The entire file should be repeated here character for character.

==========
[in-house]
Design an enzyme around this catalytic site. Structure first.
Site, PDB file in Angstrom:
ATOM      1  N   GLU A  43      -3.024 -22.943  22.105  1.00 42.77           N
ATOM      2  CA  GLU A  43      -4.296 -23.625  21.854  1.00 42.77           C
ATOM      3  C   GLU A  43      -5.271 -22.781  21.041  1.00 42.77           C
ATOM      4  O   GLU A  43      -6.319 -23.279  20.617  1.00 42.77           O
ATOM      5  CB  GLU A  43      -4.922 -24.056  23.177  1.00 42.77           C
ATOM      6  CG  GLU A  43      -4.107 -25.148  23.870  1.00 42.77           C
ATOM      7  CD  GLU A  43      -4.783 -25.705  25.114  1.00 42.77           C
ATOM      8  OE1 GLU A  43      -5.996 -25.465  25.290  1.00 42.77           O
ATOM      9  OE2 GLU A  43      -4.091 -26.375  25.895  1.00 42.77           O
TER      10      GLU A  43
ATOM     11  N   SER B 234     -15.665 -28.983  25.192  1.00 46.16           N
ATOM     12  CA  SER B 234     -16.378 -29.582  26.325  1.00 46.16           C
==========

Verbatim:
[in-house]
Design an enzyme around this catalytic site. Structure first.
Site, PDB file in Angstrom:
ATOM      1  N   GLU A  43      -3.024 -22.943  22.105  1.00 42.77           N
ATOM      2  CA  GLU A  43      -4.296 -23.625  21.854  1.00 42.77           C
ATOM      3  C   GLU A  43      -5.271 -22.781  21.041  1.00 42.77           C
ATOM      4  O   GLU A  43      -6.319 -23.279  20.617  1.00 42.77           O
ATOM      5  CB  GLU A  43      -4.922 -24.056  23.177  1.00 42.77           C
ATOM      6  CG  GLU A  43      -4.107 -25.148  23.870  1.00 42.77           C
ATOM      7  CD  GLU A  43      -4.783 -25.705  25.114  1.00 42.77           C
ATOM      8  OE1 GLU A  43      -5.996 -25.465  25.290  1.00 42.77           O
ATOM      9  OE2 GLU A  43      -4.091 -26.375  25.895  1.00 42.77           O
TER      10      GLU A  43
ATOM     11  N   SER B 234     -15.665 -28.983  25.192  1.00 46.16           N
ATOM     12  CA  SER B 234     -16.378 -29.582  26.325  1.00 46.16           C